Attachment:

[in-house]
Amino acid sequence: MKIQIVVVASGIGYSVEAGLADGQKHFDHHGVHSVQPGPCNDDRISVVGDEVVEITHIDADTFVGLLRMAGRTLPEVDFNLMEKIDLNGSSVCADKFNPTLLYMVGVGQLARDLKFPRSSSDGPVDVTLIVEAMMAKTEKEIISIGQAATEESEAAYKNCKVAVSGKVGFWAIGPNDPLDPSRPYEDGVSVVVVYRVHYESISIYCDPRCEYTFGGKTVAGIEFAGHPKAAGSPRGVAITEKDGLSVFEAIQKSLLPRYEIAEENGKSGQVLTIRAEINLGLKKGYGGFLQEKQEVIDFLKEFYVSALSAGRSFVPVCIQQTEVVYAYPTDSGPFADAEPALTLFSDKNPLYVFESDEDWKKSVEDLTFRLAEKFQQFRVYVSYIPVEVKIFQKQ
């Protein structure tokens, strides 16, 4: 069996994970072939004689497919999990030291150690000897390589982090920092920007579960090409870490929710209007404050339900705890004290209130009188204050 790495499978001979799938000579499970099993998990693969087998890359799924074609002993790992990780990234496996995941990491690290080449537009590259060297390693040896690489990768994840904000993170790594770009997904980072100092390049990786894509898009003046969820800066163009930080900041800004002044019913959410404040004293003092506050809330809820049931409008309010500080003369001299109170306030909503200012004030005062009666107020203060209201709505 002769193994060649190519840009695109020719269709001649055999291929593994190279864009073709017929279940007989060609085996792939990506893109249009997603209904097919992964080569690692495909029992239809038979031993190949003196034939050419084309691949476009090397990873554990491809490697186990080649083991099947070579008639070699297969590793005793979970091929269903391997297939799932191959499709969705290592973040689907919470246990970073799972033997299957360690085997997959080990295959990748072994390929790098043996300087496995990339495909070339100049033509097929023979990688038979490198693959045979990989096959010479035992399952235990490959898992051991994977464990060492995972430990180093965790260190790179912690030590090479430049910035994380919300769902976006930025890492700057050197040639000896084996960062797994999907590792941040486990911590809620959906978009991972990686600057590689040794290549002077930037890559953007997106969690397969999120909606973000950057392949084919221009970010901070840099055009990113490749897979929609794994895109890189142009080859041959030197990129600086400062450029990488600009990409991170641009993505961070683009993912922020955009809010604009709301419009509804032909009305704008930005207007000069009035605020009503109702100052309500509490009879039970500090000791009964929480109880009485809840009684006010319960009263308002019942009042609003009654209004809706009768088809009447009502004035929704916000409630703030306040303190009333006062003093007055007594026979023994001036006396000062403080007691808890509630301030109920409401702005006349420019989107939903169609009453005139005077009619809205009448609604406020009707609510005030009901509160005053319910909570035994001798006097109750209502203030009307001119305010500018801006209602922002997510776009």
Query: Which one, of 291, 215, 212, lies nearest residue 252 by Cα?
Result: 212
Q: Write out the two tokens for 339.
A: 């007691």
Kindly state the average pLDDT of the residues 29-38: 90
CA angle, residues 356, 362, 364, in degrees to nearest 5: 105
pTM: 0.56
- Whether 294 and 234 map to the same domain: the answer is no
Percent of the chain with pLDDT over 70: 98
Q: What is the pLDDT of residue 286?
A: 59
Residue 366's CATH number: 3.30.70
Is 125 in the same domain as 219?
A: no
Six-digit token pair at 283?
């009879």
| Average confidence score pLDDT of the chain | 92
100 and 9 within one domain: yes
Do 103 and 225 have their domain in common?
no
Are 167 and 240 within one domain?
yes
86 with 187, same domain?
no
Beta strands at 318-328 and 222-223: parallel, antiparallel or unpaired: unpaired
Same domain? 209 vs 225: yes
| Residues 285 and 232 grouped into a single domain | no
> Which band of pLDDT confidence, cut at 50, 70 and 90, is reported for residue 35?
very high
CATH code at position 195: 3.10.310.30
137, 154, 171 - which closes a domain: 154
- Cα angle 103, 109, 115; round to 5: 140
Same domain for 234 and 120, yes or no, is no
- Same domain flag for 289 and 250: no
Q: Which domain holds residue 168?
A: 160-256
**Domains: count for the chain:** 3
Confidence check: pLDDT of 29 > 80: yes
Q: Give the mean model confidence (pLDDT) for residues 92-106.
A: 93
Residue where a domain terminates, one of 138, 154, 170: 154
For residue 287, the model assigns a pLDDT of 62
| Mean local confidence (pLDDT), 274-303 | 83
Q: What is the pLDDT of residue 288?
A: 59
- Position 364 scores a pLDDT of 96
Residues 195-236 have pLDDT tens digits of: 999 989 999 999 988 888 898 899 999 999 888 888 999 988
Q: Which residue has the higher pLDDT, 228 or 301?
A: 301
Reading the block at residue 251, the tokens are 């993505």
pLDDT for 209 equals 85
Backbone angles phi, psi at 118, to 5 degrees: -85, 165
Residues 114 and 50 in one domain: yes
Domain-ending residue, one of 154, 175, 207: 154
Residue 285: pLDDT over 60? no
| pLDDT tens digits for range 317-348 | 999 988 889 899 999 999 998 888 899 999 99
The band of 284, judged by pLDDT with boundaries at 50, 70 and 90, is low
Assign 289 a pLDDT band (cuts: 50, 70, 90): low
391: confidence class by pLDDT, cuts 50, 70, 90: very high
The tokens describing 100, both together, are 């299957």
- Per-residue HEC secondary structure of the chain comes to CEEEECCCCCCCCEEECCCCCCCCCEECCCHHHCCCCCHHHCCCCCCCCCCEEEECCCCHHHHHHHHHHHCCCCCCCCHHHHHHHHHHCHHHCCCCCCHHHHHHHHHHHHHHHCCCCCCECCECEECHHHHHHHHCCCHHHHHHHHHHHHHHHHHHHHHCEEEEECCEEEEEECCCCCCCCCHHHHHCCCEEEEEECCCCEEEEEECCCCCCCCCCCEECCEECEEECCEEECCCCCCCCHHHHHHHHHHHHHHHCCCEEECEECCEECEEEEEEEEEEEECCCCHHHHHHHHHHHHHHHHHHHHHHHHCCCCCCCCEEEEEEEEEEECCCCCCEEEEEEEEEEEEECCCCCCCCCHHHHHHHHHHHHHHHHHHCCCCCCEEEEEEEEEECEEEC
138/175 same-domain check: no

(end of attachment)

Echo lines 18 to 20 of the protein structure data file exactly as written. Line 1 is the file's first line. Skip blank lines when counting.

Six-digit token pair at 283?
């009879």
| Average confidence score pLDDT of the chain | 92